• Future Changes. Further disruption may be on the horizon, as the Trump administration has signaled that it will enact new OPT regulations, which will likely make it harder for graduates to remain and work in the U.S. while they wait and hope for selection in the H-1B lottery and approval. 

To avoid pitfalls and mitigate risks in crossing the H-1B bridge, international students should consider taking the following precautions:

  • Consider a degree in a STEM field. Before enrolling in a degree program, verify with the school that the degree program falls into an acceptable category that will allow you to obtain a 2 year STEM OPT extension (3 years of total OPT time). This will give you extra years to get selected and approved in the H-1B lottery or give you sufficient time to make yourself eligible for a different type of visa.
  • Study in the field where you will work. To qualify for H-1B, the position offered to you must require a degree in a specific specialty or a closely related field, and you must have a degree that fulfills that requirement. While it might make sense for a company to hire someone with a bachelor’s in economics and an MBA to work on software development, this will not make sense to USCIS and may result in an H-1B denial.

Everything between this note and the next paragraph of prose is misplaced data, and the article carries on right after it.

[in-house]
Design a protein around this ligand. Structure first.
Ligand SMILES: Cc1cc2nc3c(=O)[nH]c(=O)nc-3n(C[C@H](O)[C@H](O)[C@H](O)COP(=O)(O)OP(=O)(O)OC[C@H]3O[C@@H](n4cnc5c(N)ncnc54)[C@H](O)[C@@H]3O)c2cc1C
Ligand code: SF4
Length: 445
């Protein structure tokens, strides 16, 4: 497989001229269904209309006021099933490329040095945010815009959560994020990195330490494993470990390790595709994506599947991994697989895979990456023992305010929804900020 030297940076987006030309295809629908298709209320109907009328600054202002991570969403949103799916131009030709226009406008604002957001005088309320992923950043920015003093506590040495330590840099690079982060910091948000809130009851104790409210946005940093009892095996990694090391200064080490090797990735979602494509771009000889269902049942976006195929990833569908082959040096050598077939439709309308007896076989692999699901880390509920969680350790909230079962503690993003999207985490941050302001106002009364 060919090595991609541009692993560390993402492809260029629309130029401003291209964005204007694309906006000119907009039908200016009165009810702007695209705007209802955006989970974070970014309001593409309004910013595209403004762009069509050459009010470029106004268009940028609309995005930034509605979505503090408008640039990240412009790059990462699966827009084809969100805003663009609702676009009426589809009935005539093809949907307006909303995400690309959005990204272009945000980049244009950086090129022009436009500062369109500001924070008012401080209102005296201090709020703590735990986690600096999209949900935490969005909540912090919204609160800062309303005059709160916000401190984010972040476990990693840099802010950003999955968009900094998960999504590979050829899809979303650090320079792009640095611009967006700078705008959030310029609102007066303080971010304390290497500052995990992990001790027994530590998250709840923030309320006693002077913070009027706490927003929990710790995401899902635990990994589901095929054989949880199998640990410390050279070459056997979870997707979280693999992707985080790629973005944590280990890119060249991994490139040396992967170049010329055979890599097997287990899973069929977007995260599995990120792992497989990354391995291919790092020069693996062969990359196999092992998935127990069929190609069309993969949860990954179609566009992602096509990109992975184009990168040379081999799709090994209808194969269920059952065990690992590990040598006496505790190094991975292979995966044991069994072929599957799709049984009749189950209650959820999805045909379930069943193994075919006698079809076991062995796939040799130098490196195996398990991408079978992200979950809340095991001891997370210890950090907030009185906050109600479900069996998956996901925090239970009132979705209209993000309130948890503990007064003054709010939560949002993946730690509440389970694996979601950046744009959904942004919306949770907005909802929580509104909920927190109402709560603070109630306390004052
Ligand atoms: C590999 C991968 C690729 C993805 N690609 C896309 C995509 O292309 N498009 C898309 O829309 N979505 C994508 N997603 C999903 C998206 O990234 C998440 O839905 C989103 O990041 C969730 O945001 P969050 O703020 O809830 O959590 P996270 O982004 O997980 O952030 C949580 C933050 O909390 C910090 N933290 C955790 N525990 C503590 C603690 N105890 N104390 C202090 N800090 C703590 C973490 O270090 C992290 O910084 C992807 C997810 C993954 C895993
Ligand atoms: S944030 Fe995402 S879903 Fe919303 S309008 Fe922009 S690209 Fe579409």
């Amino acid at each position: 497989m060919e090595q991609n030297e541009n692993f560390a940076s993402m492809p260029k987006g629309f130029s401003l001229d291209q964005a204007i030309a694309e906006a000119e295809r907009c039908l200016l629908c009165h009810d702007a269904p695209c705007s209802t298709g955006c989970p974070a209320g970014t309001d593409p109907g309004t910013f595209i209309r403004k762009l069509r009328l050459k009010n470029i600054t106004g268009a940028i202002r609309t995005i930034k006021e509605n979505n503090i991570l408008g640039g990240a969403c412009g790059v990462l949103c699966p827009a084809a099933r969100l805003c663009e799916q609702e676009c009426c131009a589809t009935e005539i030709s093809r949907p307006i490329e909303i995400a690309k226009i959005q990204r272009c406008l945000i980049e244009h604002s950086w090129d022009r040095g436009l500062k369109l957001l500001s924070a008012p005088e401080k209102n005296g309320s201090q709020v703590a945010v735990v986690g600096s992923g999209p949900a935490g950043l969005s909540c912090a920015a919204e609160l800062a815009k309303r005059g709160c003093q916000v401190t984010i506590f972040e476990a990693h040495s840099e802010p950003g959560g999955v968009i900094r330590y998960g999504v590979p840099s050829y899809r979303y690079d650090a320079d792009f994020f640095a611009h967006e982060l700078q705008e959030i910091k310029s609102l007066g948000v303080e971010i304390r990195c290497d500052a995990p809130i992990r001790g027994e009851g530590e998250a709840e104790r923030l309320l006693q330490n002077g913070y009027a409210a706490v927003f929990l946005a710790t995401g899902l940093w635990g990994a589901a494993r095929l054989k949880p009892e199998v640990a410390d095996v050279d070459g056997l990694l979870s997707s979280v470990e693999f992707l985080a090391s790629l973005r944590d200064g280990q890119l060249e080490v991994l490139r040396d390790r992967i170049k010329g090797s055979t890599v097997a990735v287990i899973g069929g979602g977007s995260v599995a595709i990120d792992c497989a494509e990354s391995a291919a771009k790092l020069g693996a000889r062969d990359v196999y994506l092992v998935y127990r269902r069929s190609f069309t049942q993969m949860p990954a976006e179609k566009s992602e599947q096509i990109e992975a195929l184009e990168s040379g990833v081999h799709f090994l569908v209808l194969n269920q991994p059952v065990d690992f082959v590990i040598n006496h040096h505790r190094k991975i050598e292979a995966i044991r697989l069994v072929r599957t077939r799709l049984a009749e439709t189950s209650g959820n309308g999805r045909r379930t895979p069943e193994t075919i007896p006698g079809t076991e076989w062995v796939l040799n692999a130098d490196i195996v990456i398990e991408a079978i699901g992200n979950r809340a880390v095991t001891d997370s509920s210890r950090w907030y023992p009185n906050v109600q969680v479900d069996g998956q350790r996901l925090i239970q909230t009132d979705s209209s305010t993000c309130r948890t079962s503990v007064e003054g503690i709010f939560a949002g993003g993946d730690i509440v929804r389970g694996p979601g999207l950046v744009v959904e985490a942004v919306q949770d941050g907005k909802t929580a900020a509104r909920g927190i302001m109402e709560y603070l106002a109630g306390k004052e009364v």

• Specialize within your MBA program. If you are enrolled in a U.S. MBA program, focus your coursework on a specific area as much as you can. USCIS believes that an MBA is a general business degree and often finds that positions that require an MBA are not sufficiently specialized to qualify for H-1B. However, USCIS may accept that your MBA is a specialized degree if it is clear from your transcript that you have concentrated your studies in a specific area related to your position. For example, if you plan to work in finance, take all the finance courses available in your program that you can. 
  • Note that there are many MBA programs that qualify as STEM degrees. Studying in one of these programs will give you 3 years of OPT status rather than just 1. See the next page for links to Poets&Quants‘ coverage of STEM MBAs at the top schools.